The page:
Electoral Commission data reveals how candidates funded their campaigns in 2023 election

Most donations from businesses went to National candidates.
Most donations from businesses went to National candidates. Photo credit: Getty Images

Story by Farah Hancock of RNZ

The National Party poured money into winning electorate seats, donating almost $2 million from its own coffers to its candidates.

An RNZ analysis of data released by the Electoral Commission shows National donated more money to its own candidates than candidates from all other parties combined received from all sources ($1.4m).

Eighty percent of money received by National Party candidates came from party affiliated coffers and 9 percent came from businesses or individuals.

The Labour Party was the only other party which funded its own candidates heavily, with close to 50 percent of candidate donations coming from party or party-related groups such as local Labour electorate offices. Thirty-five percent came from individuals, 8 percent from businesses and 5 percent ($42,760) from unions.

Individuals provided the biggest proportion of donations for the Green Party, NZ First, ACT and Te Pāti Māori.

Electoral Commission data reveals how candidates funded their campaigns in 2023 election
Photo credit: RNZ

Who are the big donors to candidates?

By law, all candidates must submit returns identifying the source of any donations of $1500 and above.

The biggest non-party donation to a candidate came from finance company New Zealand Mortgages & Securities which gave $40,000 to National's Upper Harbour candidate Cameron Brewer. Green Party candidate Chlöe Swarbrick received $35,000 from arts patron Erika Congreve. Both Brewer and Swarbrick won their electorates.

The third biggest non-party donation was made to an independent candidate standing in the West Coast-Tasman electorate. Patrick Sean Phelps, a former RNZ journalist, is the trust manager of mining advocacy group Minerals West Coast. He was given $32,600 by mining company Bathurst Resources.

Most donations from businesses went to National candidates. The biggest proportion came from companies associated with aggregates, construction and building, followed by the companies involved in the finance sector, then the property industry. Businesses involved in the automotive industry also contributed almost $30,000 to candidates.

The fishing industry gave $16,000 in total to NZ First and National Party candidates in Christchurch Central, Northland, West Coast Tasman and Wigram.

Electoral Commission data reveals how candidates funded their campaigns in 2023 election
Photo credit: RNZ

Who spent the most

Candidates were allowed to spend a maximum of $32,600 each campaigning in the 2023 general election.

The candidate who poured the most money into winning was Labour's Rachel Boyak, who spent just under the legal spending cap of $32,600. Boyak won the Nelson seat by 26 votes.

Electoral Commission data reveals how candidates funded their campaigns in 2023 election
Photo credit: RNZ

Two Green candidates feature in the top 10 successful spenders, with Julie Anne Genter spending $32,555 to secure the Rongotai electorate and Swarbrick also spending more than $30,000 to win Auckland Central. Tamantha Paul, who won the Green Party's third seat in the election was the 14th biggest spender.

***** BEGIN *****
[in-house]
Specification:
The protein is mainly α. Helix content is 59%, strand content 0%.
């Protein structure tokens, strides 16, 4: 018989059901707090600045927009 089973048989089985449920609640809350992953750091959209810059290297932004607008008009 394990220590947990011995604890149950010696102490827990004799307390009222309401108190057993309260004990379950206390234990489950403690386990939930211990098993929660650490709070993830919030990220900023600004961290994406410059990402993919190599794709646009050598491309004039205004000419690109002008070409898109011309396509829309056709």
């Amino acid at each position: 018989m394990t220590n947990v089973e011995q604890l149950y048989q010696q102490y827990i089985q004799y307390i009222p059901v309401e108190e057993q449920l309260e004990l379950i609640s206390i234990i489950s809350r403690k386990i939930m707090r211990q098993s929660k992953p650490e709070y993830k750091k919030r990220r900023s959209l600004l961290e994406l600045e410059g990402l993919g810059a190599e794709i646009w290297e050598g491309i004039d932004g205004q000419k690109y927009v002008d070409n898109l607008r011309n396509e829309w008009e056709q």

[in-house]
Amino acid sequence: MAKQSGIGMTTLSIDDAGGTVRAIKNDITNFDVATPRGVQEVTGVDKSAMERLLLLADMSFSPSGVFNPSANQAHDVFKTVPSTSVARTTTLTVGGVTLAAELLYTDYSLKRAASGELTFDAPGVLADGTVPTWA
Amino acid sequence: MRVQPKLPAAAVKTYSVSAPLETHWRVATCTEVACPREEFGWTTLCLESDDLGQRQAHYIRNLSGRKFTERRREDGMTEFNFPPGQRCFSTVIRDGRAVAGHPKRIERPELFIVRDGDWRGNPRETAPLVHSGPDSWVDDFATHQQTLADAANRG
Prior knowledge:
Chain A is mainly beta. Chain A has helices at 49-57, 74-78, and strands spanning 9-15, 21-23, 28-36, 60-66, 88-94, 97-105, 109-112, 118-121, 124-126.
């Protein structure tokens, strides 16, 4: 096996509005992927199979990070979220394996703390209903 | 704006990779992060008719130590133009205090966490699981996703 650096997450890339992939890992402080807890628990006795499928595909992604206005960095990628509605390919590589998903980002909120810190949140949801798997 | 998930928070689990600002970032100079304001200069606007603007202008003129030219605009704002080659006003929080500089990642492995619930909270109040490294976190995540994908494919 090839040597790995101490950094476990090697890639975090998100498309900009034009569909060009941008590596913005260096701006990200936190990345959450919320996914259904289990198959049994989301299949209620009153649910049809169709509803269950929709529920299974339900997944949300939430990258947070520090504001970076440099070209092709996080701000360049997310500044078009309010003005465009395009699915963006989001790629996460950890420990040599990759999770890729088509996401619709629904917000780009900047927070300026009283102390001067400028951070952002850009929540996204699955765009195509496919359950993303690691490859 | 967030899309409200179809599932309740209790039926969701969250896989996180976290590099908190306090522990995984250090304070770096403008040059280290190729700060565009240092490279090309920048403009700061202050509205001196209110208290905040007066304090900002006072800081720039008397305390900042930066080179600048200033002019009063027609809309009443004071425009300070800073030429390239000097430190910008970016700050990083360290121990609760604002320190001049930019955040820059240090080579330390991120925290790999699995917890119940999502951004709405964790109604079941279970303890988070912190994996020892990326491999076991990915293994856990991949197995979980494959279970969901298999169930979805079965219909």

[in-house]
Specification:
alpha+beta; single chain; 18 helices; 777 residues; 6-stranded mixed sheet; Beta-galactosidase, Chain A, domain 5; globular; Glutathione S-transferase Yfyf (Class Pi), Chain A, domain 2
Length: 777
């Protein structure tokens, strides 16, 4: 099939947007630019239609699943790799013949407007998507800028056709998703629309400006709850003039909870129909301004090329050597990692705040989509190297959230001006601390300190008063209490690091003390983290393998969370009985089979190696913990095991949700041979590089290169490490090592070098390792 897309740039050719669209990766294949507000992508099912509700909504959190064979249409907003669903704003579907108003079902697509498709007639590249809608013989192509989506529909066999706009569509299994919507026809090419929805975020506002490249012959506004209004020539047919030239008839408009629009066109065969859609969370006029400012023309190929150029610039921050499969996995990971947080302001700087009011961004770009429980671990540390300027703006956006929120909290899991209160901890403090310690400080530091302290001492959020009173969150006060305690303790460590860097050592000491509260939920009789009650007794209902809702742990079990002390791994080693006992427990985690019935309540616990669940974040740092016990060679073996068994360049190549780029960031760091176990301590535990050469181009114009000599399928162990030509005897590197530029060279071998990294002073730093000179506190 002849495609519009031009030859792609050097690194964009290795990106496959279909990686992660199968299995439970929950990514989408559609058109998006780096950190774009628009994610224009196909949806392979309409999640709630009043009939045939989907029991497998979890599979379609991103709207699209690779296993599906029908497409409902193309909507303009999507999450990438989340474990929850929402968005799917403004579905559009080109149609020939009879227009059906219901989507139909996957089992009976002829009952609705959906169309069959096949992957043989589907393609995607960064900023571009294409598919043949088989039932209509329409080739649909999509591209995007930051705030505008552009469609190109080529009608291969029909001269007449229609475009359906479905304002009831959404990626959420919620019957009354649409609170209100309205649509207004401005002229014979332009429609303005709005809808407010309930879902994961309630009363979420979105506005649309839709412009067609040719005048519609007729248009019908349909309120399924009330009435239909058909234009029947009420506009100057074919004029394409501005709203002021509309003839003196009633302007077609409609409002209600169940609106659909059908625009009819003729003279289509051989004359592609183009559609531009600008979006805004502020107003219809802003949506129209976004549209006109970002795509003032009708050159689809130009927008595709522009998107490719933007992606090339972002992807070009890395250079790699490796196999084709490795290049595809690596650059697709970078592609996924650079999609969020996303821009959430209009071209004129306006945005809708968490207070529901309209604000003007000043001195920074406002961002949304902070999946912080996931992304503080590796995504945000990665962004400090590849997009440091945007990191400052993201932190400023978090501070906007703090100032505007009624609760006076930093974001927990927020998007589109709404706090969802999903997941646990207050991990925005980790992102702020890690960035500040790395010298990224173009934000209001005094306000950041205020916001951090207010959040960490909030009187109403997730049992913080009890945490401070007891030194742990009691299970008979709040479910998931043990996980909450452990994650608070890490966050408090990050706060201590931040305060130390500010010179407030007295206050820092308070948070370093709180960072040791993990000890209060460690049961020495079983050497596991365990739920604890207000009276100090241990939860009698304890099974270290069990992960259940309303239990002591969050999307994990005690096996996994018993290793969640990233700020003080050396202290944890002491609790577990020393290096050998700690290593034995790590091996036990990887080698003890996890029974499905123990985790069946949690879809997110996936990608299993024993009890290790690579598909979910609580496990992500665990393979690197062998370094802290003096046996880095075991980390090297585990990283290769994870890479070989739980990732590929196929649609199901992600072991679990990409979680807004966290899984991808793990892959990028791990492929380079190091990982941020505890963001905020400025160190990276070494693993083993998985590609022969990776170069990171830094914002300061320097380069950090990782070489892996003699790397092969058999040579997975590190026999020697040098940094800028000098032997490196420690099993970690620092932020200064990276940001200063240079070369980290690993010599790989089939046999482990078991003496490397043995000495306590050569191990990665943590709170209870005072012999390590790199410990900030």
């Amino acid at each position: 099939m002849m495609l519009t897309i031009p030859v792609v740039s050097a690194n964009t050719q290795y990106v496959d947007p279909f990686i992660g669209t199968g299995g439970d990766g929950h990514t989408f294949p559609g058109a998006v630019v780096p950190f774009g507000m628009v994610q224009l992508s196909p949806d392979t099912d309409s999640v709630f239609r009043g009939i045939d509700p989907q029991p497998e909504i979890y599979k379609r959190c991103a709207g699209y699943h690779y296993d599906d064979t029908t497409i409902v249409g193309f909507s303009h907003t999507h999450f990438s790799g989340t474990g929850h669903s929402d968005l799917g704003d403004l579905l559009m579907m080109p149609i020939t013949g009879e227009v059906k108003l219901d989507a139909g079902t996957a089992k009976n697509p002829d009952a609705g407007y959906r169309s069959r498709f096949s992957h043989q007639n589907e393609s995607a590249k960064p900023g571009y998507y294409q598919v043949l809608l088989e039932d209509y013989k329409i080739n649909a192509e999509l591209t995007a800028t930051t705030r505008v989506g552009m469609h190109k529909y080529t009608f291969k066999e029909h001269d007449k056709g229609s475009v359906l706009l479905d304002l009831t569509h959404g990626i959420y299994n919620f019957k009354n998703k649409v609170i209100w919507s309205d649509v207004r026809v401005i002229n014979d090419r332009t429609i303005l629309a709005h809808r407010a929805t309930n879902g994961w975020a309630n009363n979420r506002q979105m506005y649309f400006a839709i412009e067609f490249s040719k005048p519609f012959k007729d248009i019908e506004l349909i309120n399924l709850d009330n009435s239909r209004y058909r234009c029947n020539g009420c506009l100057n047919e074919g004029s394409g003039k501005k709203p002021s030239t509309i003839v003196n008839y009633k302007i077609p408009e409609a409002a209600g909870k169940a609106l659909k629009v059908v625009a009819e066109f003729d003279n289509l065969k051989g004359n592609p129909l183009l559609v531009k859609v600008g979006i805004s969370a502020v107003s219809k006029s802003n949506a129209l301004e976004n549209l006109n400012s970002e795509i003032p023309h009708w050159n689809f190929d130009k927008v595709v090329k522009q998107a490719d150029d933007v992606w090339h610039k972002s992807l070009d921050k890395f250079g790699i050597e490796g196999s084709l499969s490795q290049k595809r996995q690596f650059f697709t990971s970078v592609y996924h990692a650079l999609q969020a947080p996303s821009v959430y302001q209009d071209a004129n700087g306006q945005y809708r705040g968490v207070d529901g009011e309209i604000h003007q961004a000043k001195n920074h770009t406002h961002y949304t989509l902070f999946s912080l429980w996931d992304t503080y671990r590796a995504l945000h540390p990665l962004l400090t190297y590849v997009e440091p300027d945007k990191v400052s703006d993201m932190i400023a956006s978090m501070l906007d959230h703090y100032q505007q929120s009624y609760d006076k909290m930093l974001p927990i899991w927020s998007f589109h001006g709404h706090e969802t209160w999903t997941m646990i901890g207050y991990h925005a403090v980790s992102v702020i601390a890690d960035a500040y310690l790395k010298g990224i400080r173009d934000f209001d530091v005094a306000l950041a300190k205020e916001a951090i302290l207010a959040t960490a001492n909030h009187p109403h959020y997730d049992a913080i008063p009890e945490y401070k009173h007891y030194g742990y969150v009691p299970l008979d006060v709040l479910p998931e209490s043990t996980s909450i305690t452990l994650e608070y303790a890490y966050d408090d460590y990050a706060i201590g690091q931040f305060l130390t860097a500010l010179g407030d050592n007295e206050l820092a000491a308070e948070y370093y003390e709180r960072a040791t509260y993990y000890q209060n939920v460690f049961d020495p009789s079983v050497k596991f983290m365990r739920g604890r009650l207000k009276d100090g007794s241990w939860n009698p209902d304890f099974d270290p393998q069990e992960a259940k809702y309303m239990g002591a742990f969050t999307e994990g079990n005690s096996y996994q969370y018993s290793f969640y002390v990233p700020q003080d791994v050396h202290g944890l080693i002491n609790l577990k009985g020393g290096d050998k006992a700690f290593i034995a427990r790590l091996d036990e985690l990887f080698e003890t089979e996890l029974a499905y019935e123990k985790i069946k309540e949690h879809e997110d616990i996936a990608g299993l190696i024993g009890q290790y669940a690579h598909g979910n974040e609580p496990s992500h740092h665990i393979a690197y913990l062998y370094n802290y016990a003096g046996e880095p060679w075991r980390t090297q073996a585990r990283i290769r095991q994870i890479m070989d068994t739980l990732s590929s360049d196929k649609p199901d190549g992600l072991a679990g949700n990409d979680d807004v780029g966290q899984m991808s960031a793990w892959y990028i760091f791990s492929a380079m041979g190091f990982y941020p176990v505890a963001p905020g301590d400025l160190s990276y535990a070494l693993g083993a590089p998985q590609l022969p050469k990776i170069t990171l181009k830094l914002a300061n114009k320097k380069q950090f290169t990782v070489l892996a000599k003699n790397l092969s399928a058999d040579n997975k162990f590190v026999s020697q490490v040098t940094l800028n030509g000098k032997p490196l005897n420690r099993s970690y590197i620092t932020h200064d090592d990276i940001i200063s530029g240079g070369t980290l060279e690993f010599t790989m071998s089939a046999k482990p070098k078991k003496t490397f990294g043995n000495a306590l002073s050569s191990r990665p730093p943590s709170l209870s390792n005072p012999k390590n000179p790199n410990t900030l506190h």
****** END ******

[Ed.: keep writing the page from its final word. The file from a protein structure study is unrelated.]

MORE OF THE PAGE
For those who spent money fruitlessly, National candidates dominated the top ten unsuccessful spenders, but overall it was Labour candidates who spent the most without success, declaring $656,408 in expenses in total compared to National's $497,014.

For parties which didn't make it into power either through an electorate win, or by securing five percent of the party vote, Democracy NZ's Scotty Bright had the most expensive loss, spending close to $42,000 in an attempt to win the Port Waikato seat - well in excess of the legal spending limit of $32,000. The Electoral Commission's legal and policy manager Kristina Temel said the commission was following up with Bright on his expenses. Candidates which stood in Port Waikato must submit expenses returns for the general election and the by-election which ran after the death of a candidate. The by-election return is not due until 26 March.

The Opportunities Party's leader Raf Manji was the second biggest unsuccessful spender. The party campaigned on an electorate win for Manji in Ilam as a pathway into parliament. Manji came in second place, 7830 votes behind National's Hamish Campbell who spent $26,386. Patrick Sean Phelps, who was backed with a $32,600 donation from Bathurst Resources spent almost $30,000. He received almost 6000 votes.

For candidates from parties that made it to Parliament, NZ First's Tanya Unkovoch spent the most per vote gained. Unkovich stood in Auckland's Epsom electorate and spent $11,344, receiving 573 votes. Fellow party members Casey Costello and Shane Jones joined Unkovich in the top 10 by this measure, spending $3 for every vote they gained. All three NZ First candidates failed to win the electorate they stood in but are now MPs due to their position on NZ First's list.

Where was the most spent

The electorate where candidates as a group spent up large included Northland, where National's Grant McCallum faced off against former National MP Matt King, who stood for Democracy NZ, and NZ First's Shane Jones, each spending more than $20,000 campaigning. Northland Party's Mike Finlayson also spent $15,618 in that race, receiving 369 votes. In total, more than $100,000 was spent by candidates in the electorate, with National's McCallum taking the seat.

Three electorates which Green candidates won feature in the top 10, with the Green candidate in each spending more than their contenders.

Smaller party and independent candidates boosted the overall spending in West Coast-Tasman, Port Waikato and Ilam electorates.